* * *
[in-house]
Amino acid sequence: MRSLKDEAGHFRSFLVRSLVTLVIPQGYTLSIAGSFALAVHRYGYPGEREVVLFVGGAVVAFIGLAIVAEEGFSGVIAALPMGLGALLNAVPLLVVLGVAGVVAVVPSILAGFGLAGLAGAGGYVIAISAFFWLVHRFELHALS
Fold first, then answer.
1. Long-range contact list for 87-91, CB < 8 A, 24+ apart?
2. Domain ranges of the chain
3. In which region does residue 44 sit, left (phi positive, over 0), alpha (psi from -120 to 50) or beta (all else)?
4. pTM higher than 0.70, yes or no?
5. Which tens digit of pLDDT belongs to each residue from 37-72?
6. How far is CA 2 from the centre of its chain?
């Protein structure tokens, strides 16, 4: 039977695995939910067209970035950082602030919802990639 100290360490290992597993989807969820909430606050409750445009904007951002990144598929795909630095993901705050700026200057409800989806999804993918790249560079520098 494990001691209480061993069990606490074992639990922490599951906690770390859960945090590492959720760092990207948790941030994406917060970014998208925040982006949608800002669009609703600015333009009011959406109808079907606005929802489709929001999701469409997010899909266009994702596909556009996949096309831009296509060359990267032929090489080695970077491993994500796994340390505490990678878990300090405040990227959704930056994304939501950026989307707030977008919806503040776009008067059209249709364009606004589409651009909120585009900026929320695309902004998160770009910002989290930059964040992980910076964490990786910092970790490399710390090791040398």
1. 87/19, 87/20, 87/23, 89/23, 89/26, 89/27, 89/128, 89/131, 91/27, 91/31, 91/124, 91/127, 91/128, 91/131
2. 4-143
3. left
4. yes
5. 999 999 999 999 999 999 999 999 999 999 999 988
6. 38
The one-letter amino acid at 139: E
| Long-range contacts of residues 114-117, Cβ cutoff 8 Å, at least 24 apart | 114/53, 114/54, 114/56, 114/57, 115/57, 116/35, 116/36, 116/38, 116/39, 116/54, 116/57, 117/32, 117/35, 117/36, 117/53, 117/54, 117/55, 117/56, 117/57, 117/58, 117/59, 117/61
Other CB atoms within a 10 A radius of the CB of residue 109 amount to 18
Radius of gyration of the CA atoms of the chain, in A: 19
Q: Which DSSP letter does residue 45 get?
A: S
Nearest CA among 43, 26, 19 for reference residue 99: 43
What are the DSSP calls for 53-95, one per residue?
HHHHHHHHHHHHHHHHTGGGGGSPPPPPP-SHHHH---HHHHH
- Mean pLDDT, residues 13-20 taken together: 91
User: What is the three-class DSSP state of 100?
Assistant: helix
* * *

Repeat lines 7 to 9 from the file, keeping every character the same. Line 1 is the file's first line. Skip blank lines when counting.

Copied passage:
4. pTM higher than 0.70, yes or no?
5. Which tens digit of pLDDT belongs to each residue from 37-72?
6. How far is CA 2 from the centre of its chain?